Friday, October 3, 2008

It's never too early to solicit ideas for Oracle OpenWorld 2009

OK, I have now officially posted my first Oracle OpenWorld 2009 post - and the conference won't start until...well, until late 2009. (October 11-15, according to the OpenWorld 2008 site.)

Not that I was the first one to start asking about Oracle OpenWorld 2009. Somewhere around Tuesday or Wednesday during Oracle OpenWorld 2008, Marius Ciortea and others began talking about holding a brainstorming session during the Unconference. This was scheduled for Thursday morning - as I noted, I attended the session. (And you thought I just played some games.)

The gist of the meeting was captured in the Oracle Wiki (see the URL). Let me highlight a couple of items in which I have a rabid personal interest:

  • In essence, the Conference and the Unconference were entirely separate. While barcamp purists might argue that this is a good thing, many in the Thursday session thought that people were missing out because of the relative invisibility of the Unconference. Yes, I know the Unconference was publicized throughout Oracle material, and I know that the schedule itself was visible in a couple of ways, but it often took a couple of extra mouse clicks to get to the Unconference material - and that, in the view of many of us, is a couple of extra mouse clicks too many. In my view (and I think some shared this view), integration of the Unconference into the Schedule Builder, as well as use of similar session times (Unconference 9:00, 10:00, and 11:00 start times didn't coincide with Conference session start times - a complaint that was also raised last year), will make it easier for people to participate in the Unconference and enjoy the content.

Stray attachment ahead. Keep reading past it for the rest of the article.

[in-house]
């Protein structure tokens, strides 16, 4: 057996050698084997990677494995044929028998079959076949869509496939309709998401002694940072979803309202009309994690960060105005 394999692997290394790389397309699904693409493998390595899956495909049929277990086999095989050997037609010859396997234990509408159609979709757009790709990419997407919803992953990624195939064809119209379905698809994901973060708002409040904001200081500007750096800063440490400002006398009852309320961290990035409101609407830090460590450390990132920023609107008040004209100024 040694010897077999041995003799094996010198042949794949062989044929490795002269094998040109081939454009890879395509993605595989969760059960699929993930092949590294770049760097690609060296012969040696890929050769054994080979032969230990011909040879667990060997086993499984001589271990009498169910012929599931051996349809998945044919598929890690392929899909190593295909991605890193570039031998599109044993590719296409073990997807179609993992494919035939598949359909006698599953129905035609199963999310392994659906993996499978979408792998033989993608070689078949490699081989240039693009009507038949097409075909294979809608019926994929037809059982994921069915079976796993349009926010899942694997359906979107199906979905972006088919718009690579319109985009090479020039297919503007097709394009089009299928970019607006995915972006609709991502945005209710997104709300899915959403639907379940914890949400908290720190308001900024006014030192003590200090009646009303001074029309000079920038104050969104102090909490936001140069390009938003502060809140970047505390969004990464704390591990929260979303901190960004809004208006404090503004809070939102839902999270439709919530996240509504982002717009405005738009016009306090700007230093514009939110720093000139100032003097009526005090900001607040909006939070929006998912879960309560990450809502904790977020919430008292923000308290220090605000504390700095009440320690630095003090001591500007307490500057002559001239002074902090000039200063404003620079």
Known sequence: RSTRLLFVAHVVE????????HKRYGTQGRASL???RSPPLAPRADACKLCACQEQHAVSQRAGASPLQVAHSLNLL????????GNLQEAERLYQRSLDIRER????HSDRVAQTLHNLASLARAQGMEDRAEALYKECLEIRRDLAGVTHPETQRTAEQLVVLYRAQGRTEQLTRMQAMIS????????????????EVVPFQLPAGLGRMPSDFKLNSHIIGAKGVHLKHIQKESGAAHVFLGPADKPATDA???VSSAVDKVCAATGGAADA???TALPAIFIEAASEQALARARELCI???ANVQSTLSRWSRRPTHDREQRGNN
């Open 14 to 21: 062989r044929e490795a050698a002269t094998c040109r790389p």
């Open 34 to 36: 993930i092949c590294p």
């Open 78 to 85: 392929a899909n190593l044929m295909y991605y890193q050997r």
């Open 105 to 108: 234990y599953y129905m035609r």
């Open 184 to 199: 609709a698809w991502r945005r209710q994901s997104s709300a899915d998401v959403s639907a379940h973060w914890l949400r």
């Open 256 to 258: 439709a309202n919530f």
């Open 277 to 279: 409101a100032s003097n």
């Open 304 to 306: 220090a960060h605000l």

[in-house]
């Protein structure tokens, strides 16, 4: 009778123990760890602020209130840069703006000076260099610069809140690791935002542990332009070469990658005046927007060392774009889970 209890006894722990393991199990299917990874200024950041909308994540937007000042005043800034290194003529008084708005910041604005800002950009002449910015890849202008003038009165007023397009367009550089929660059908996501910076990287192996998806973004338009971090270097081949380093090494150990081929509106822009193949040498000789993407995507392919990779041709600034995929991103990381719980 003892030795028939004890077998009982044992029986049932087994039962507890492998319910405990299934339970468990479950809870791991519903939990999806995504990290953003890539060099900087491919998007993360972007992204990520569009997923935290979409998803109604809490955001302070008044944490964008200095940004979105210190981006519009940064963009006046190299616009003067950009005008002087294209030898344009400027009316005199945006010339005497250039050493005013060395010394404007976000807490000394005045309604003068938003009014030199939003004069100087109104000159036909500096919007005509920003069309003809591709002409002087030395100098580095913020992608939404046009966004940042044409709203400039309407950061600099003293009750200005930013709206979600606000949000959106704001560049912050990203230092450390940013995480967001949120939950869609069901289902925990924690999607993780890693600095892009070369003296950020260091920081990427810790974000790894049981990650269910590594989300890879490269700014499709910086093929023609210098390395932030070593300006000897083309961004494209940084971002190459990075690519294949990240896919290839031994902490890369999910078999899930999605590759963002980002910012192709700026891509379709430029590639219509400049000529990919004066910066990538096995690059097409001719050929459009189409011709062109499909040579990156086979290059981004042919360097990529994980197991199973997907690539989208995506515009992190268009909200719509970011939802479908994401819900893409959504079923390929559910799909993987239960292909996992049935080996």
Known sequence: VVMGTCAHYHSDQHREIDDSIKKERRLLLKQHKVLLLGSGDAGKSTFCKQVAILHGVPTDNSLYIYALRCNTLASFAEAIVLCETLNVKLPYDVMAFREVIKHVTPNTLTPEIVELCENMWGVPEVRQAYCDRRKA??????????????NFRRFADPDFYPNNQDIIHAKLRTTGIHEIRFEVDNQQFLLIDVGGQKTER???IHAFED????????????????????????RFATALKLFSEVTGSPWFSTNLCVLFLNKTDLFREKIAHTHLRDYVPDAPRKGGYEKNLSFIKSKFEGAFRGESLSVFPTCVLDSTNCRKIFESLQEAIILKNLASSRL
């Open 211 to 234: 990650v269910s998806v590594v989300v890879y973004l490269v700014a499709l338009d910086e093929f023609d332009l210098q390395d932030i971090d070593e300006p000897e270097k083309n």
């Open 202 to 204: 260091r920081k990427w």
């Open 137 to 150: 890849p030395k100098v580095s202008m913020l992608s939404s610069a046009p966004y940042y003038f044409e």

• In a similar fashion, there are a number of different silos for official Oracle OpenWorld information. You have the Schedule Builder, you have Mix, you have the wiki, you have the OpenWorld blogs, and you probably have some other official sources that I just plain don't know about. I'm not sure if anything can be done about this - each of these sources have different purposes - but perhaps someone has some ideas for better integration.

  • At one point we got into an interesting discussion about what the cool kids do. One idea that was floated was the idea of being able to see what sessions other people are attending - the idea being that crowd suggestions might help people find valuable content. But one concern, as recorded in the wiki, was that "people go where the big names go... trendsetters." Personally, this doesn't concern me; I'm not going to attend a session only because I see that Tom Kyte or Eddie Awad or whoever is attending it. (Heck, even Dan Norris' presence wouldn't necessarily sway me to attend a session.)

  • Due to time pressures, I didn't really get a chance to venture my opinion on one item - namely, the suggestion that the keynotes got too technical. For those who don't know, I am not a technical person, and when Charles Phillips and Chuck Rozwat got into some technical discussions during the keynote, some of it went completely over my head. Yet this didn't bother me, because I recognize that a lot of people at Oracle OpenWorld are technically oriented, and I don't want the keynote speakers to have to dumb down just so I can keep up.
Well, this was a good session, and 20 people attended. This means, however, that approximately 42,980 people didn't attend this session.

So I've launched an "idea" thread on Oracle Mix to capture additional suggestions for Oracle OpenWorld 2009:

(Note that you have to be an Oracle Mix member to participate in the discussion.)

Presumably other people have started, or will be starting, similar efforts. (In fact, if you want to start similar things in Mix, just be sure to use the "openworld09" tag.) While Oracle OpenWorld 2009 is over a year away, this is a good time to capture ideas, while Oracle OpenWorld 2008 is fresh in our minds.

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